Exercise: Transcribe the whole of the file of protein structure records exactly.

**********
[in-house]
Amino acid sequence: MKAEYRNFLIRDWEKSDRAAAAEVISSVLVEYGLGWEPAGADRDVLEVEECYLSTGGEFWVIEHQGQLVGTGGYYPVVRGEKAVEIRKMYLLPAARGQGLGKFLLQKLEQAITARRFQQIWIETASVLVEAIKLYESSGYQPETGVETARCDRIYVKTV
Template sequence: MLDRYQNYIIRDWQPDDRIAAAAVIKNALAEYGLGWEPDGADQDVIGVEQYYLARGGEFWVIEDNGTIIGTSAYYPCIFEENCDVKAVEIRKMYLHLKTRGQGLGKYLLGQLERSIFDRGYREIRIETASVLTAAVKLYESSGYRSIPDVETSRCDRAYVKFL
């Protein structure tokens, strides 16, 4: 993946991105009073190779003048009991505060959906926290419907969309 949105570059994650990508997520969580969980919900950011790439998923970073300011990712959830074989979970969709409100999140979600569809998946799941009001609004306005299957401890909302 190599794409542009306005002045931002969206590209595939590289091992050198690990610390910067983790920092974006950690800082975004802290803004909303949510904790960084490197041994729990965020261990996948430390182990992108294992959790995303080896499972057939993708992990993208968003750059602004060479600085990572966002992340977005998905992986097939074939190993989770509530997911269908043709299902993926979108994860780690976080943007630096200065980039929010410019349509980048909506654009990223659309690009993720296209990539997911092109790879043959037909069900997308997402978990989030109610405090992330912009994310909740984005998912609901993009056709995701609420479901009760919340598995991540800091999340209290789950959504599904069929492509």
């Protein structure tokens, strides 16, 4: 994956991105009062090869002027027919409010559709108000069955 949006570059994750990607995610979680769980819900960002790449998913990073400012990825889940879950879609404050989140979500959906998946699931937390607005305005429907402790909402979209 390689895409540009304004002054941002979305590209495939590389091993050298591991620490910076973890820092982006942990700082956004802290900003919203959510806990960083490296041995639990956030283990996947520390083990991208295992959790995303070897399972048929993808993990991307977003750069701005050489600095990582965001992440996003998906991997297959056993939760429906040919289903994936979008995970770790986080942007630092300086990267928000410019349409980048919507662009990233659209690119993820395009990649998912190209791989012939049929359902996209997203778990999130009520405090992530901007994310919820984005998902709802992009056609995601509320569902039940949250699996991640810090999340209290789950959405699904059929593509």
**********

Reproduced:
[in-house]
Amino acid sequence: MKAEYRNFLIRDWEKSDRAAAAEVISSVLVEYGLGWEPAGADRDVLEVEECYLSTGGEFWVIEHQGQLVGTGGYYPVVRGEKAVEIRKMYLLPAARGQGLGKFLLQKLEQAITARRFQQIWIETASVLVEAIKLYESSGYQPETGVETARCDRIYVKTV
Template sequence: MLDRYQNYIIRDWQPDDRIAAAAVIKNALAEYGLGWEPDGADQDVIGVEQYYLARGGEFWVIEDNGTIIGTSAYYPCIFEENCDVKAVEIRKMYLHLKTRGQGLGKYLLGQLERSIFDRGYREIRIETASVLTAAVKLYESSGYRSIPDVETSRCDRAYVKFL
């Protein structure tokens, strides 16, 4: 993946991105009073190779003048009991505060959906926290419907969309 949105570059994650990508997520969580969980919900950011790439998923970073300011990712959830074989979970969709409100999140979600569809998946799941009001609004306005299957401890909302 190599794409542009306005002045931002969206590209595939590289091992050198690990610390910067983790920092974006950690800082975004802290803004909303949510904790960084490197041994729990965020261990996948430390182990992108294992959790995303080896499972057939993708992990993208968003750059602004060479600085990572966002992340977005998905992986097939074939190993989770509530997911269908043709299902993926979108994860780690976080943007630096200065980039929010410019349509980048909506654009990223659309690009993720296209990539997911092109790879043959037909069900997308997402978990989030109610405090992330912009994310909740984005998912609901993009056709995701609420479901009760919340598995991540800091999340209290789950959504599904069929492509």
């Protein structure tokens, strides 16, 4: 994956991105009062090869002027027919409010559709108000069955 949006570059994750990607995610979680769980819900960002790449998913990073400012990825889940879950879609404050989140979500959906998946699931937390607005305005429907402790909402979209 390689895409540009304004002054941002979305590209495939590389091993050298591991620490910076973890820092982006942990700082956004802290900003919203959510806990960083490296041995639990956030283990996947520390083990991208295992959790995303070897399972048929993808993990991307977003750069701005050489600095990582965001992440996003998906991997297959056993939760429906040919289903994936979008995970770790986080942007630092300086990267928000410019349409980048919507662009990233659209690119993820395009990649998912190209791989012939049929359902996209997203778990999130009520405090992530901007994310919820984005998902709802992009056609995601509320569902039940949250699996991640810090999340209290789950959405699904059929593509």